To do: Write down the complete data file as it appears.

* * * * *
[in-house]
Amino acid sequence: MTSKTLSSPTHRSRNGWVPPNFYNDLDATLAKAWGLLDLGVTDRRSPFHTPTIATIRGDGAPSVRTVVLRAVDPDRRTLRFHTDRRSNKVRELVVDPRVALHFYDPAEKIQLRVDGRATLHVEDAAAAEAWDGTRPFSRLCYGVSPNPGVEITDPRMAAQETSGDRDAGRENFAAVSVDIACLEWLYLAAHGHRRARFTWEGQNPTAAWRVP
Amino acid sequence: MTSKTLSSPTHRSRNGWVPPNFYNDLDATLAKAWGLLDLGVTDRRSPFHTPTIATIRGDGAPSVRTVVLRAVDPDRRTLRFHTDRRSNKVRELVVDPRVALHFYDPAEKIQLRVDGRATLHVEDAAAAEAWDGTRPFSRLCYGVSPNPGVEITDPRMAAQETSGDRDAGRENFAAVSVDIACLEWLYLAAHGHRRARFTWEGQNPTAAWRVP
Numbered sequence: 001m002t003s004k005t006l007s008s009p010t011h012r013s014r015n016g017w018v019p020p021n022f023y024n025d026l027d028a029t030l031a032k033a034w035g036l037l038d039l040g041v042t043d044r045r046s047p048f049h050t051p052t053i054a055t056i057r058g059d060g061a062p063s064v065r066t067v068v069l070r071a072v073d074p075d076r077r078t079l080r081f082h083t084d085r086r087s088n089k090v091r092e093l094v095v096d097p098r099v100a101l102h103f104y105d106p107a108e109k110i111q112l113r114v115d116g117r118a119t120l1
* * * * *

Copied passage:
[in-house]
Amino acid sequence: MTSKTLSSPTHRSRNGWVPPNFYNDLDATLAKAWGLLDLGVTDRRSPFHTPTIATIRGDGAPSVRTVVLRAVDPDRRTLRFHTDRRSNKVRELVVDPRVALHFYDPAEKIQLRVDGRATLHVEDAAAAEAWDGTRPFSRLCYGVSPNPGVEITDPRMAAQETSGDRDAGRENFAAVSVDIACLEWLYLAAHGHRRARFTWEGQNPTAAWRVP
Amino acid sequence: MTSKTLSSPTHRSRNGWVPPNFYNDLDATLAKAWGLLDLGVTDRRSPFHTPTIATIRGDGAPSVRTVVLRAVDPDRRTLRFHTDRRSNKVRELVVDPRVALHFYDPAEKIQLRVDGRATLHVEDAAAAEAWDGTRPFSRLCYGVSPNPGVEITDPRMAAQETSGDRDAGRENFAAVSVDIACLEWLYLAAHGHRRARFTWEGQNPTAAWRVP
Numbered sequence: 001m002t003s004k005t006l007s008s009p010t011h012r013s014r015n016g017w018v019p020p021n022f023y024n025d026l027d028a029t030l031a032k033a034w035g036l037l038d039l040g041v042t043d044r045r046s047p048f049h050t051p052t053i054a055t056i057r058g059d060g061a062p063s064v065r066t067v068v069l070r071a072v073d074p075d076r077r078t079l080r081f082h083t084d085r086r087s088n089k090v091r092e093l094v095v096d097p098r099v100a101l102h103f104y105d106p107a108e109k110i111q112l113r114v115d116g117r118a119t120l1